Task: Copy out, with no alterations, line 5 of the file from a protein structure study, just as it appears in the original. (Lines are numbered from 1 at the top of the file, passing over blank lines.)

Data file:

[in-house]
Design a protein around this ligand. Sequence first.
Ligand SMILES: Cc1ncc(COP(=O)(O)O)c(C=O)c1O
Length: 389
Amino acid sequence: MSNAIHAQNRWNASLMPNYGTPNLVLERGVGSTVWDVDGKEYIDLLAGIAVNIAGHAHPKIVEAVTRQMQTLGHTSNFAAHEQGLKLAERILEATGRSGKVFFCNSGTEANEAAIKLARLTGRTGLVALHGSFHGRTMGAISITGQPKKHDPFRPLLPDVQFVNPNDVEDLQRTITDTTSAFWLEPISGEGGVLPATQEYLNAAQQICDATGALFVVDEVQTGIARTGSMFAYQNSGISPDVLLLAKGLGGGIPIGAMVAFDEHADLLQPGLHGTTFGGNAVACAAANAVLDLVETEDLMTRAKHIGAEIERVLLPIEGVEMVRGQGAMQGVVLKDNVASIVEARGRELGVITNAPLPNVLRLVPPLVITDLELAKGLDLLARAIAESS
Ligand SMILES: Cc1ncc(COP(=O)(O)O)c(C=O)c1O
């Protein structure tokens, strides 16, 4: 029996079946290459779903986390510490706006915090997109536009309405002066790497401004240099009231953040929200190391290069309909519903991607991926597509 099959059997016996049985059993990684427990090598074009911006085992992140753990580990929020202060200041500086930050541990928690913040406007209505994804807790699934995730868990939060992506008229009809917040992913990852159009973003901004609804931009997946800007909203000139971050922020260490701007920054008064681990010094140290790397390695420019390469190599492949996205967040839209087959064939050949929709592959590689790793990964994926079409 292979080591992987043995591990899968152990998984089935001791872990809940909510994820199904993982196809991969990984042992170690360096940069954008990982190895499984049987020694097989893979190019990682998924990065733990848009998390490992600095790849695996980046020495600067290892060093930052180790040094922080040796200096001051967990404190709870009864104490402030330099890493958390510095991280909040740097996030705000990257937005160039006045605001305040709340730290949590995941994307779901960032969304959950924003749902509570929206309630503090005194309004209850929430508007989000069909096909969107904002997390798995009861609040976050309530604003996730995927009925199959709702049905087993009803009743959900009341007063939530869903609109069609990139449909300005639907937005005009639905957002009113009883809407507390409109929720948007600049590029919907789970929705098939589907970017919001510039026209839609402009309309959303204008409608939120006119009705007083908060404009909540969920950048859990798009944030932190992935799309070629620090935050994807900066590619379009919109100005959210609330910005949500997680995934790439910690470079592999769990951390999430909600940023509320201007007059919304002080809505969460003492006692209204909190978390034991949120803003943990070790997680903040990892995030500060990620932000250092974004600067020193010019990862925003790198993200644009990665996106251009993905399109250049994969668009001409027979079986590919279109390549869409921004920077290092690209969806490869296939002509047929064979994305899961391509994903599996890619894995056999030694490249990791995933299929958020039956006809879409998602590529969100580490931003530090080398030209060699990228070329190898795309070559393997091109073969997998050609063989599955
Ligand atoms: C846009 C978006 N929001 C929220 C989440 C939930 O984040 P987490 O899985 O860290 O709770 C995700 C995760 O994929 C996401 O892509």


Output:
Amino acid sequence: MSNAIHAQNRWNASLMPNYGTPNLVLERGVGSTVWDVDGKEYIDLLAGIAVNIAGHAHPKIVEAVTRQMQTLGHTSNFAAHEQGLKLAERILEATGRSGKVFFCNSGTEANEAAIKLARLTGRTGLVALHGSFHGRTMGAISITGQPKKHDPFRPLLPDVQFVNPNDVEDLQRTITDTTSAFWLEPISGEGGVLPATQEYLNAAQQICDATGALFVVDEVQTGIARTGSMFAYQNSGISPDVLLLAKGLGGGIPIGAMVAFDEHADLLQPGLHGTTFGGNAVACAAANAVLDLVETEDLMTRAKHIGAEIERVLLPIEGVEMVRGQGAMQGVVLKDNVASIVEARGRELGVITNAPLPNVLRLVPPLVITDLELAKGLDLLARAIAESS